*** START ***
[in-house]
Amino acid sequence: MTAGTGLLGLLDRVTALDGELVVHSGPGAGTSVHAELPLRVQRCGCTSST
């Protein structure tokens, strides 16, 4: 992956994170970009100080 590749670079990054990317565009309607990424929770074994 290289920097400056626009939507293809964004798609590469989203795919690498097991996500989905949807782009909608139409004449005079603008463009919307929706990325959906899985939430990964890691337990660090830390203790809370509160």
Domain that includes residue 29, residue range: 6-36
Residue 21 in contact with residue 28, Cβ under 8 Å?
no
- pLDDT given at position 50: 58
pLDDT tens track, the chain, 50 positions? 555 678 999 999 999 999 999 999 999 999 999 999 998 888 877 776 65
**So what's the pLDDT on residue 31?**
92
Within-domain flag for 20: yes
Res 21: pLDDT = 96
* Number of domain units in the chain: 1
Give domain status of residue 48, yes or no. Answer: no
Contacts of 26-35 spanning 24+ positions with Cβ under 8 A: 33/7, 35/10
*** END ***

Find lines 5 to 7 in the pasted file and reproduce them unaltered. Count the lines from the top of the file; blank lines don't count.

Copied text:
Residue 21 in contact with residue 28, Cβ under 8 Å?
no
- pLDDT given at position 50: 58